What are the challenges once they get to Australia?
Incorrect information is often recorded
Many people report that Australian officials incorrectly record their identity. This can happen while they are being resettled, or after they come to Australia.
This can happen because of difficult conventions for people’s names and dates, such as recording middle names as surnames.
For example, the Karen only have one name, and they don’t distinguish between first names and surnames. Nepal uses a different calendar, which can affect birth dates.
Sometimes, this means that people end up with ‘Noname’ as the surname on official documents, or default birthdates. As one service provider told us:
There needs to be more sensitivity when filling in families’ names on visas, particularly for the Karen. Their names are totally messed-up and it causes a lot of stress for families. It’s cultural that people have only one name and it can be one, two or three syllables and they don’t distinguish between first names and surnames. But it’s not sensitive to call a child “Kiss Me”. There are lots of examples like that.
Sometimes, people change this information once they are in Australia. For example, people may use a nickname or an Australian version of their name, or change their date of birth. Often, they don’t realise the effects of doing this.
For example, one person from Guinea told us:
On my visa, my name was spelt with one letter missing and my middle name was wrong. I tried to change it but was discouraged by the UNHCR who said: “You’re lucky, you’re going to Australia”. I recently had my name changed in Australia.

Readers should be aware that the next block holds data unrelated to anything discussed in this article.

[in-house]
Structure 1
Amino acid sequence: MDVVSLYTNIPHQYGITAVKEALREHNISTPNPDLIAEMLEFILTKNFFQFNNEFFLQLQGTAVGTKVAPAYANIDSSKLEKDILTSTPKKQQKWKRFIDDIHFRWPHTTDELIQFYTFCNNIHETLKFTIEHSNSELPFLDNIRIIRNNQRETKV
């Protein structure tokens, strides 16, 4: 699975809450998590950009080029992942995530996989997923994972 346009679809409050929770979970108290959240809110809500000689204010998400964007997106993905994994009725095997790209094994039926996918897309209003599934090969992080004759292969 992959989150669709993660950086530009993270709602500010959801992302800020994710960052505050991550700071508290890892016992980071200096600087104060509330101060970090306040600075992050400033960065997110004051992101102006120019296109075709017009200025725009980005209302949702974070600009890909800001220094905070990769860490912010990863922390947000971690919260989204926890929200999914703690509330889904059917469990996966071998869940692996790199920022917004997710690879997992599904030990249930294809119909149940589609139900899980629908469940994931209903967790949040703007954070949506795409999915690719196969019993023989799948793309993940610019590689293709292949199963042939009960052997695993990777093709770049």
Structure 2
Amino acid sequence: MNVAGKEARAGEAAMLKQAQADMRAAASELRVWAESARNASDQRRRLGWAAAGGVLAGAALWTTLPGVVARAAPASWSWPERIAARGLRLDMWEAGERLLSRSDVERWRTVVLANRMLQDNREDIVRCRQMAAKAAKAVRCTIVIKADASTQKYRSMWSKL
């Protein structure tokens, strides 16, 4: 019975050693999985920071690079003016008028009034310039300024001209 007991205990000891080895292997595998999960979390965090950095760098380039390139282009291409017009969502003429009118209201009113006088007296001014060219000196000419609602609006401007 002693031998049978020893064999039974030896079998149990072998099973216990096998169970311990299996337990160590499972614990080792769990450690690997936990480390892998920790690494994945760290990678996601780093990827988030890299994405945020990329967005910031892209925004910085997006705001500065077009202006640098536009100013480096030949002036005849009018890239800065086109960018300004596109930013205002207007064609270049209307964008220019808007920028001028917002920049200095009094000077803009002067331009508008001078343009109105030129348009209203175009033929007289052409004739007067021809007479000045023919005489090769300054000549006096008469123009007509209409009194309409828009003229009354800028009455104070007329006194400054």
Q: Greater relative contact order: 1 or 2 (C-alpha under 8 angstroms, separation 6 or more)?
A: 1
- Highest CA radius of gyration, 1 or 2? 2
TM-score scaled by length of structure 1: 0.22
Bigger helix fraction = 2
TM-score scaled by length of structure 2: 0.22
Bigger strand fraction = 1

Mistakes are difficult to change
It is difficult to fix mistakes in identity documents. Those supporting refugees report that this adds to their workload.
Many do not know who to contact in the Department of Immigration (now Home Affairs). This means they are put through to different departments or people who contradict each other:
We are going in circles and no one is resolving it. Our client has been to [the Department] four times, and it’s not resolved. There is no consistency.
We have also heard that sometimes even the gender is incorrectly recorded, and that children have had to go through medical checks to confirm this.
The problems mistakes can cause
Mistakes in identity documents can cause significant problems. All services require identity documents, including Medicare, social security and other basic services.
In one example, we heard that a woman bought tickets from a travel agency to visit family in Sudan. The agent called her and said: “Your name is wrong and you’ll have to pay us $4,000 for another set of tickets.”
Even minor differences can cause problems, especially as governments adopt stricter rules on identity.
For example, government officials will often check carefully any differences between official documents and the name on their visa applications. This can mean their claims for protection being rejected. Sometimes, this happens even with citizenship applications, many years later. A mistake there can mean that the government can cancel their permanent residency. This can lead to their detention.